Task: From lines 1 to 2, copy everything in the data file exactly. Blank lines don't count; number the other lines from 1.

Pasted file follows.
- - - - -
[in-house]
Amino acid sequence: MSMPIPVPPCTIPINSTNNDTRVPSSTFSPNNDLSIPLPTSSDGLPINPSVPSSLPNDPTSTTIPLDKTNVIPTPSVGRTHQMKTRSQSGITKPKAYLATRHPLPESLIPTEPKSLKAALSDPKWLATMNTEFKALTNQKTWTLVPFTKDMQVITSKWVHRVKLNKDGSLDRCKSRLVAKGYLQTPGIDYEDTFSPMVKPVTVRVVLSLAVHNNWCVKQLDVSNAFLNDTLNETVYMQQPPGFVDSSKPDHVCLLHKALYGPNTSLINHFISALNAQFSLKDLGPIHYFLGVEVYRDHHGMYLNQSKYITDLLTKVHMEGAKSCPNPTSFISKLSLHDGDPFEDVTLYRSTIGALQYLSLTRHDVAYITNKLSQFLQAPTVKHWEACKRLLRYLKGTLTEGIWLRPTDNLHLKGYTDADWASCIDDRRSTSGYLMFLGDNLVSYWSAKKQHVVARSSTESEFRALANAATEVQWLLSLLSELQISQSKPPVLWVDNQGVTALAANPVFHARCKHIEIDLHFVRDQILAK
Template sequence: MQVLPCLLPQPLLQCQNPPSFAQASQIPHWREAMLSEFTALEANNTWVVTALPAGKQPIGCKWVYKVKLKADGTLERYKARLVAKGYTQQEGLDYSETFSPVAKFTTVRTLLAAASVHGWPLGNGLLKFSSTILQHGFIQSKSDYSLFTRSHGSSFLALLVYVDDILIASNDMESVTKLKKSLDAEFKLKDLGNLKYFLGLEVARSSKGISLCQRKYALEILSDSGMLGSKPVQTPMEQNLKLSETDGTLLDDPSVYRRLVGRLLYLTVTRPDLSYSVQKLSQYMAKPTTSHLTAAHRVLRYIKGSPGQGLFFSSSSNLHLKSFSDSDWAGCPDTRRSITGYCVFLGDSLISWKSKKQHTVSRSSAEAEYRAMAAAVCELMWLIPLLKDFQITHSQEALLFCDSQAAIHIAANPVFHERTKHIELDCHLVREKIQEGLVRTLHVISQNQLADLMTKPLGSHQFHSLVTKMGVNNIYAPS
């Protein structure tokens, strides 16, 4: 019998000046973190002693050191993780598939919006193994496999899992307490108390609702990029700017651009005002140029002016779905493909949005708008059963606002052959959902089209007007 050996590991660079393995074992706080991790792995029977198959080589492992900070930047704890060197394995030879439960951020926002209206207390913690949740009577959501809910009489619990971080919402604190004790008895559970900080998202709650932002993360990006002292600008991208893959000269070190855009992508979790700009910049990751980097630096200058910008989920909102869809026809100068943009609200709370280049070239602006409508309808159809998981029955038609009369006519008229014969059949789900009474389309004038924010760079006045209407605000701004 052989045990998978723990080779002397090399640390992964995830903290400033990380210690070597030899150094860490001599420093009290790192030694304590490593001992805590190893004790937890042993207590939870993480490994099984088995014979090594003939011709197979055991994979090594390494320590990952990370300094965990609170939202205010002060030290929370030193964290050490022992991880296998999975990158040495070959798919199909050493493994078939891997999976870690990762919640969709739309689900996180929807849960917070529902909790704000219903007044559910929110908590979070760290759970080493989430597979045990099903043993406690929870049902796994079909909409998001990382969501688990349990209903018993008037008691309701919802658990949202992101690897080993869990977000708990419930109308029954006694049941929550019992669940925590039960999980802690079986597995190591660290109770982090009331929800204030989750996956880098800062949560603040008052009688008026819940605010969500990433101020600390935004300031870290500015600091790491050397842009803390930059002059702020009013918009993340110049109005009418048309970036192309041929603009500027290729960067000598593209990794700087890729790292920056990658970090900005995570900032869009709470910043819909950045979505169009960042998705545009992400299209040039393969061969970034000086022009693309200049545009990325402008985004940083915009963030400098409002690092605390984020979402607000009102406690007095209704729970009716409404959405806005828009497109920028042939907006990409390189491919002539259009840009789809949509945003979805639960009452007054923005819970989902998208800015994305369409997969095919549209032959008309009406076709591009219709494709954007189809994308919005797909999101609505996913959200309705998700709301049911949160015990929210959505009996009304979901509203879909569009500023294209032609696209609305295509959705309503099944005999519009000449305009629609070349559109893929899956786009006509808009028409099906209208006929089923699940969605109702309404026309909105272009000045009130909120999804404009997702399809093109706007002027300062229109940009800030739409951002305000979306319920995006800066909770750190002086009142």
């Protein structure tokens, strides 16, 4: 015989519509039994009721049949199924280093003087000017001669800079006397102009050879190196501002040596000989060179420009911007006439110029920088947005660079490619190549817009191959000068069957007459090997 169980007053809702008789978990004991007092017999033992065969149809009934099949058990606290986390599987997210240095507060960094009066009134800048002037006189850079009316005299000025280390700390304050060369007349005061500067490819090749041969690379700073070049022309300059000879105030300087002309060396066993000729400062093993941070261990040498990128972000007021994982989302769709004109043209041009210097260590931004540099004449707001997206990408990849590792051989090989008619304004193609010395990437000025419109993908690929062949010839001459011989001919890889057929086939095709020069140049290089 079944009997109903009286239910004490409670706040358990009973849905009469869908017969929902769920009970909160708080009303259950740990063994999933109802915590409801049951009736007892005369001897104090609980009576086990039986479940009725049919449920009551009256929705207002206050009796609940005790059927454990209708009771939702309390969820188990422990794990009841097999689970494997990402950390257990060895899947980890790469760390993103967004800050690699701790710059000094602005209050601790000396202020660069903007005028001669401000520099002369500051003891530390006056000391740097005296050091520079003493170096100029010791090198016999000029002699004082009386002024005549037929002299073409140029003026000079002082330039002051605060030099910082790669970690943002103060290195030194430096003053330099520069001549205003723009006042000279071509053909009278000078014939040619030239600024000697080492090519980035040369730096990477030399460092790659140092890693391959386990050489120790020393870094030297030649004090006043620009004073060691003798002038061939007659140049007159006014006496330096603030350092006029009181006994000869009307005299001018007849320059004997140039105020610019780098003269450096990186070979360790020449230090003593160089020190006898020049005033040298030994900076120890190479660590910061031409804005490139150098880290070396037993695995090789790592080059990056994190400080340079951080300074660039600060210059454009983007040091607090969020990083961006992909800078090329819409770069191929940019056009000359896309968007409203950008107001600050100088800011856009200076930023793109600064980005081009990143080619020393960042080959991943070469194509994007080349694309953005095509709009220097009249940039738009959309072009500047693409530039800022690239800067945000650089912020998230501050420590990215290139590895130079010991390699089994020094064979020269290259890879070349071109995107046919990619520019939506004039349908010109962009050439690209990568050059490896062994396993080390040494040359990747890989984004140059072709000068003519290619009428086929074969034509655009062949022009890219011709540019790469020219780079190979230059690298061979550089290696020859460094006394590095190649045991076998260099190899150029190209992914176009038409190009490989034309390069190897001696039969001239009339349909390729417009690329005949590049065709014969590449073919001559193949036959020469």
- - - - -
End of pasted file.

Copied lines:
[in-house]
Amino acid sequence: MSMPIPVPPCTIPINSTNNDTRVPSSTFSPNNDLSIPLPTSSDGLPINPSVPSSLPNDPTSTTIPLDKTNVIPTPSVGRTHQMKTRSQSGITKPKAYLATRHPLPESLIPTEPKSLKAALSDPKWLATMNTEFKALTNQKTWTLVPFTKDMQVITSKWVHRVKLNKDGSLDRCKSRLVAKGYLQTPGIDYEDTFSPMVKPVTVRVVLSLAVHNNWCVKQLDVSNAFLNDTLNETVYMQQPPGFVDSSKPDHVCLLHKALYGPNTSLINHFISALNAQFSLKDLGPIHYFLGVEVYRDHHGMYLNQSKYITDLLTKVHMEGAKSCPNPTSFISKLSLHDGDPFEDVTLYRSTIGALQYLSLTRHDVAYITNKLSQFLQAPTVKHWEACKRLLRYLKGTLTEGIWLRPTDNLHLKGYTDADWASCIDDRRSTSGYLMFLGDNLVSYWSAKKQHVVARSSTESEFRALANAATEVQWLLSLLSELQISQSKPPVLWVDNQGVTALAANPVFHARCKHIEIDLHFVRDQILAK